The difference with spectrum is that you can’t create more of it. What’s there is there. The government could open up more spectrum blocks in other bands if they wanted to but the spectrum plan is already getting quite full so they would have to reassign it from somewhere else.

  10. Glad to see mention of the need to reserve some spectrum for unlicensed uses.


    Bear in mind: it has been argued that the idea of a “spectrum crunch”, or the finitude of spectral assets, is being propagated largely by companies who would rather obtain access to more spectrum than increase capital investment in physical infrastructure.

    This means that it’s about either more spectrum, or more towers – amounting to a public subsidy to telco’s, since being able to access more spectrum saves from (more expensive) capital investment. You’re right to point out that more spectrum can’t be created; it cand, however, be used more efficiently, by aggregating bands and increasing the density of wireless terminals.

  11. Un-Trusted Computi9ng says:

    What you’re proposing is in fact the “old system” which brought us some of slowest speeds, lowest bandwidth usage allocations, and highest prices in the world. I for one am glad we have foreign (and domestic) competition as prices have dropped, usage caps have increased, and all in all wireless penetration is becoming more prevalent.

    Set asides and mandated competition has been a boon for the Canadian wireless consumer.

  12. @un-trusted

    I wasn’t suggesting any system at all. I was suggesting the reason companies are fighting over spectrum is that there isn’t enough to go around. If they don’t have access to spectrum then they don’t have the basic stuff they need to be a wireless carrier. Fewer wireless carriers means less competition. Try to imagine how long your neighborhood gas station would stay in business if they had no gas to sell.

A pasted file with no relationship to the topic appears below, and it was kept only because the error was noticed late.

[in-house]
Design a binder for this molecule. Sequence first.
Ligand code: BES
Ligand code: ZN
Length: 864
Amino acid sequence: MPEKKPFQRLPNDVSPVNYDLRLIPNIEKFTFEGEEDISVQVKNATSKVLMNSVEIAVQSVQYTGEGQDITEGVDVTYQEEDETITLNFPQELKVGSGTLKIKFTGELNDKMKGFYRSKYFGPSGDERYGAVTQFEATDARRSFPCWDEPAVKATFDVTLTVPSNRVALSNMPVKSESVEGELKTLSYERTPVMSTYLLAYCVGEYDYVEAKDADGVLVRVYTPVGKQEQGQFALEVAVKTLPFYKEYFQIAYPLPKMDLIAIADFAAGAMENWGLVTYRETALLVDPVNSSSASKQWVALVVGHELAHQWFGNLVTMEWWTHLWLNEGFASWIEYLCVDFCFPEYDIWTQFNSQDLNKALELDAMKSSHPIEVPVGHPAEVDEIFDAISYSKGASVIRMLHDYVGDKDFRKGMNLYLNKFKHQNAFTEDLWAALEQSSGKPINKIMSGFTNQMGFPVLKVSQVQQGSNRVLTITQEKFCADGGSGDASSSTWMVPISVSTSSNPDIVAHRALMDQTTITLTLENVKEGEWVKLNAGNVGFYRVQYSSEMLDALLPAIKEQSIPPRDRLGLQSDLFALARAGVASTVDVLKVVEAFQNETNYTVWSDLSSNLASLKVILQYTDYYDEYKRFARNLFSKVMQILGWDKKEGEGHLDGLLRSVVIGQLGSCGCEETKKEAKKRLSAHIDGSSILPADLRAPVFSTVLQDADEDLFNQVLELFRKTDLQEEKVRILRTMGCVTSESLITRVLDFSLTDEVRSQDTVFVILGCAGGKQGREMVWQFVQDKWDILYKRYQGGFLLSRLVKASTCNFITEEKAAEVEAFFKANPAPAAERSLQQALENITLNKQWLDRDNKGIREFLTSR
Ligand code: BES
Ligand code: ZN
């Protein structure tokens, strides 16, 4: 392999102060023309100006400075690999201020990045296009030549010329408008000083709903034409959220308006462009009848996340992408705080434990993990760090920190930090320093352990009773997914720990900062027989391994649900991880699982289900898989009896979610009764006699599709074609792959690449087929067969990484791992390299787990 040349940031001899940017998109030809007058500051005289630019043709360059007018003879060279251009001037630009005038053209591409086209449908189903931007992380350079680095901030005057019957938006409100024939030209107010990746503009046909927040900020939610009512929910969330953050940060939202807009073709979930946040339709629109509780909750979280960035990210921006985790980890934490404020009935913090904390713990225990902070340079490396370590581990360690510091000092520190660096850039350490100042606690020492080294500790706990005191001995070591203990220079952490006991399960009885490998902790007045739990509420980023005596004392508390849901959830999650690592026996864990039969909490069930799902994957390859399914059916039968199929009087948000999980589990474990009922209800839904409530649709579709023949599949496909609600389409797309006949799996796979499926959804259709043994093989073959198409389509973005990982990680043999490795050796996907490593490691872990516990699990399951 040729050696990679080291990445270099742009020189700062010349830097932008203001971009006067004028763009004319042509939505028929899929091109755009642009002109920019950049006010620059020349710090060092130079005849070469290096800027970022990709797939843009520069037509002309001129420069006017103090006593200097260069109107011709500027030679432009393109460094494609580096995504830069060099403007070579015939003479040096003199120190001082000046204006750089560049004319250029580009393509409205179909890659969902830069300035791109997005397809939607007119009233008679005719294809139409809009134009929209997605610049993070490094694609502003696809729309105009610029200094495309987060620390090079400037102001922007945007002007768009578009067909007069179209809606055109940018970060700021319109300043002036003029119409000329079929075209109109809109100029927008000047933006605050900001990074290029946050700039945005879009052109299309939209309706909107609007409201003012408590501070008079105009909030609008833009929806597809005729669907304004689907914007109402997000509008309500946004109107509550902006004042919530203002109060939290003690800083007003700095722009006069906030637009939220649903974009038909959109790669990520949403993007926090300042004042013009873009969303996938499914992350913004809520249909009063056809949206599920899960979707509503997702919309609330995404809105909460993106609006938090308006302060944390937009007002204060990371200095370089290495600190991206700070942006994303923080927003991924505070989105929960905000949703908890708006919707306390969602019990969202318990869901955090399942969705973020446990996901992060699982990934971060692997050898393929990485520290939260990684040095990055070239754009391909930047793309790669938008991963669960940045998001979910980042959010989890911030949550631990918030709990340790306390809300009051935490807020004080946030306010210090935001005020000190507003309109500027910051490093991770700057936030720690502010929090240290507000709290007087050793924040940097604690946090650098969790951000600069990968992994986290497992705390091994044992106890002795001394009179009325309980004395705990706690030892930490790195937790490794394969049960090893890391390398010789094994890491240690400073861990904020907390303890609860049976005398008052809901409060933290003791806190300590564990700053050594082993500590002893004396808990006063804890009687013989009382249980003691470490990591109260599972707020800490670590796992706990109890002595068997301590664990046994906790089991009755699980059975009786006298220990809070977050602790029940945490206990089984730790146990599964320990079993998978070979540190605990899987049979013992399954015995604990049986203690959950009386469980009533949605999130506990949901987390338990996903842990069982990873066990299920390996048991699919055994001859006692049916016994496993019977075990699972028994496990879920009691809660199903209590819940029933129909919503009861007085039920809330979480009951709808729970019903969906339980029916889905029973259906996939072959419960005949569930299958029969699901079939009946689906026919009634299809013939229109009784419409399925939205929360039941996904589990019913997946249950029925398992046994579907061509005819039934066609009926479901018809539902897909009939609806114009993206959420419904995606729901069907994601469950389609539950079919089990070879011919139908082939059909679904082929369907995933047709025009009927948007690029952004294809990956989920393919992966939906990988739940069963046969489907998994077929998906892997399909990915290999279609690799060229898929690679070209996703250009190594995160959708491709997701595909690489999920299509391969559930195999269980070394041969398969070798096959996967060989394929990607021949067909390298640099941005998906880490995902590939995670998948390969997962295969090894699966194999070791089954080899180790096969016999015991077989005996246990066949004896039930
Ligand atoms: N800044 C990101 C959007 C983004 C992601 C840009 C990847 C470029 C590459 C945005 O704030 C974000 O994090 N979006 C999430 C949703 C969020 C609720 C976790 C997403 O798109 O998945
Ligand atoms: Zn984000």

I keep hearing complaints that Canada’s broadband lags the rest of the world but I just don’t see it. I have a $15Mbps service with a 250GB cap that costs me $34 per month in Edmonton. At my Phoenix condo I’m paying $49 a month for a 1.5 Mbps and that’s the fastest speed I can get even if I was willing to pay more. In my experience the US internet is more expensive and it sucks.

  13. Re: Stacey
    “I keep hearing complaints that Canada’s broadband lags the rest of the world but I just don’t see it. I have a $15Mbps service with a 250GB cap that costs me $34 per month in Edmonton. At my Phoenix condo I’m paying $49 a month for a 1.5 Mbps and that’s the fastest speed I can get even if I was willing to pay more. In my experience the US internet is more expensive and it sucks.”

    You know, there is more to the world than the US. The US is actually low in the world too in Broadband Ratings. Canadian internet is still expensive compared to the rest of the world thanks to oligopolies.

  14. @Eric L.

    What’s an oligopoly? Granted my home city of Edmonton doesn’t have anywhere near the choices folks have in Toronto but I can still get highspeed internet to my house from either Telus, Uniserve, Open Concept, Shaw, Internet Crossroad, MCSNet, Galaxy Broadband, Syban, HughesNet, XPlorenet, Virgin Technologies, Internet Center, ExpressPC. I can also get highspeed internet over the cell phone network from the likes of Telus, Rogers or Bell – I have an internet stick on TELUS and I routinely get download speeds of 10 Mbps so it’s not too shabby at all.

    Is a choice of 15 or more service providers still considered an oligopoly or am I missing something?

  15. We should sell everything:–olive-capitalism-s-ugly-face-in-london-ont?bn=1

    Long live foreign capital!

    Ask the Greeks if still not convinced….